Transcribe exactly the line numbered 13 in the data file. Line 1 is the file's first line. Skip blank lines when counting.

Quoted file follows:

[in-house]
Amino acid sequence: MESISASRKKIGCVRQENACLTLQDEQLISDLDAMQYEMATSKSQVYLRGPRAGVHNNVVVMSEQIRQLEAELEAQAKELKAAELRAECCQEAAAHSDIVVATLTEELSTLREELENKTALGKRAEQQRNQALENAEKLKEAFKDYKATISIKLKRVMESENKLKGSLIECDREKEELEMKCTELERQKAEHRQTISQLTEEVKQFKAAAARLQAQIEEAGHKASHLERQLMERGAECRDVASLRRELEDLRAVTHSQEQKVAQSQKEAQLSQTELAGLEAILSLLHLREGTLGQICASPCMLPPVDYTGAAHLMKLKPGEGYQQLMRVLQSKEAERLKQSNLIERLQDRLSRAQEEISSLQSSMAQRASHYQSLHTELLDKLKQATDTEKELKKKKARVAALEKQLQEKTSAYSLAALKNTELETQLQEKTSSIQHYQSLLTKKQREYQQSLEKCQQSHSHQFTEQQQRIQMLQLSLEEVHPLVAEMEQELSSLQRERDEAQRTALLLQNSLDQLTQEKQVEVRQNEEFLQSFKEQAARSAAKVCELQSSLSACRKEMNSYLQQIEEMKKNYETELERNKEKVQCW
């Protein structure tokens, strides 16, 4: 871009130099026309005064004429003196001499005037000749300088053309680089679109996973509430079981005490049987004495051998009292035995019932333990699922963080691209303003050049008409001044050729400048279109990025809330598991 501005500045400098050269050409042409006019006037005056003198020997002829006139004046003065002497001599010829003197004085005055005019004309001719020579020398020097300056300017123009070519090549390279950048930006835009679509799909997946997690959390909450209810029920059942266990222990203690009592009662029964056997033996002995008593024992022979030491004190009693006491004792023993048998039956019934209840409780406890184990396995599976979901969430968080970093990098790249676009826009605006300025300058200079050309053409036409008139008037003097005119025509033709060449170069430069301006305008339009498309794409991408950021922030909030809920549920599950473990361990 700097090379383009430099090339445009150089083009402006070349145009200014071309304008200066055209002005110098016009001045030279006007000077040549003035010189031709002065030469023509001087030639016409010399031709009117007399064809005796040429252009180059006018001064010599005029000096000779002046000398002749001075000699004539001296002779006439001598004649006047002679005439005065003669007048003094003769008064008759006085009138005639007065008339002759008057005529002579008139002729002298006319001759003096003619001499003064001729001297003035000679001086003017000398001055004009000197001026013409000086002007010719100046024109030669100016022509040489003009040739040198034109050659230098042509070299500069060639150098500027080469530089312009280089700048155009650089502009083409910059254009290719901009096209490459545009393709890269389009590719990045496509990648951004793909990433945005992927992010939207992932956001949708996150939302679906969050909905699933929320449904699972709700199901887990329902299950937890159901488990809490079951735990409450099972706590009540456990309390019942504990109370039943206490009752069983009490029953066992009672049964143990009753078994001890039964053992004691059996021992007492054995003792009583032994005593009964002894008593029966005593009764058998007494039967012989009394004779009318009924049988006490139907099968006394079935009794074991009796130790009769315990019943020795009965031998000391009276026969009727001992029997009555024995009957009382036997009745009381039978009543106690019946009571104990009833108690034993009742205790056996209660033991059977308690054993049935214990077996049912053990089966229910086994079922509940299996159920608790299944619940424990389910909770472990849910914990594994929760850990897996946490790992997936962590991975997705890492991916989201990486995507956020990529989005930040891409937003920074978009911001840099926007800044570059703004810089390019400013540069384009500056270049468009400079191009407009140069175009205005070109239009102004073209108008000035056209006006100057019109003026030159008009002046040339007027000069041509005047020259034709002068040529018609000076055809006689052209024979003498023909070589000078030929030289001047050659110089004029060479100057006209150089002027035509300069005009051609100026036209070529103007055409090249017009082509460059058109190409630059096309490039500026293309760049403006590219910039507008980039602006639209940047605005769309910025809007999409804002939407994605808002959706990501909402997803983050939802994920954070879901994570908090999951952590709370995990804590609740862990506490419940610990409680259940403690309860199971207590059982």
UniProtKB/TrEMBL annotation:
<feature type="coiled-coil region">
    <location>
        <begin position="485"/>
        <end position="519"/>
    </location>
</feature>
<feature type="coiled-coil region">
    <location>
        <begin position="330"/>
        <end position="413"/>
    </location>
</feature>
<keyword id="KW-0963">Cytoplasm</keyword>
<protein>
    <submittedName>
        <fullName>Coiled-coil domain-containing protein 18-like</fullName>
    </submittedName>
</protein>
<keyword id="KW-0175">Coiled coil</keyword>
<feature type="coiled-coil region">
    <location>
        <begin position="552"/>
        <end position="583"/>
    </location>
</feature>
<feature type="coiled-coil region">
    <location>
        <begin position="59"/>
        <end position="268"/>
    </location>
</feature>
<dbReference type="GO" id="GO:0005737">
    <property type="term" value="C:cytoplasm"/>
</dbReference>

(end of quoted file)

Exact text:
        <begin position="330"/>